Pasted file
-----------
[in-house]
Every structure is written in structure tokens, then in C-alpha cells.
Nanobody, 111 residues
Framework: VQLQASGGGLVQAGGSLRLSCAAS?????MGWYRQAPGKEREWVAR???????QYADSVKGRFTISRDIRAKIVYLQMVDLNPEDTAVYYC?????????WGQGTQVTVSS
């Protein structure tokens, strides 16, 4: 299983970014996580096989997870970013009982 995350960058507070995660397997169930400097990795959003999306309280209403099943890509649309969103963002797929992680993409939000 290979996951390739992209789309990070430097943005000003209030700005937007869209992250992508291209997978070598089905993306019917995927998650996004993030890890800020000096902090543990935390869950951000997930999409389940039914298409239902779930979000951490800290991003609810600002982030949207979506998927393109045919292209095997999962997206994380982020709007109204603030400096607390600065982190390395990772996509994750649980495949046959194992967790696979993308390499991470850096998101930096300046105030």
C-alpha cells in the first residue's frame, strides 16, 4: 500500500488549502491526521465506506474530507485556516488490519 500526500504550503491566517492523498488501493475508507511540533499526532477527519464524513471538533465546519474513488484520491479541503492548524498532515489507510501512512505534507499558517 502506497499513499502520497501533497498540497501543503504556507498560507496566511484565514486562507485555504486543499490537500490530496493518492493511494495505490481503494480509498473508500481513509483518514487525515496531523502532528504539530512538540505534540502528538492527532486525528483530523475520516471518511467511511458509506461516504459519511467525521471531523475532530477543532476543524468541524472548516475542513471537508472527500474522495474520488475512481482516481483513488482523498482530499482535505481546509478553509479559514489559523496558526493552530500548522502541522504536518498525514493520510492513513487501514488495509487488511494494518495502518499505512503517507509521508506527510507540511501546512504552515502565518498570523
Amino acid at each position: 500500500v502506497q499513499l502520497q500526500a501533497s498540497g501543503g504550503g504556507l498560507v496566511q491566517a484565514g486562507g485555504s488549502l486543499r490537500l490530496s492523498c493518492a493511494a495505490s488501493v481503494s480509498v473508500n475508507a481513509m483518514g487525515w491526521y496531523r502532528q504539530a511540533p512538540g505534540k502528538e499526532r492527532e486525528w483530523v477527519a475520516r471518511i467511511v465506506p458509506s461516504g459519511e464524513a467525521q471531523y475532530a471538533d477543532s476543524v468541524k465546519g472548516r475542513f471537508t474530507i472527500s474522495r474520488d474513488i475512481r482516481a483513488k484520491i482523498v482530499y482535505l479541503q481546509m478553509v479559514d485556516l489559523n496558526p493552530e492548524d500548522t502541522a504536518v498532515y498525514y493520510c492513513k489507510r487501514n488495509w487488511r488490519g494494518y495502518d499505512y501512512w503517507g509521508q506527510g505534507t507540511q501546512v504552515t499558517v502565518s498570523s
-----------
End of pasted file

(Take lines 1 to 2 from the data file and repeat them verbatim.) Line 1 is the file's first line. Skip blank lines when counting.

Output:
[in-house]
Every structure is written in structure tokens, then in C-alpha cells.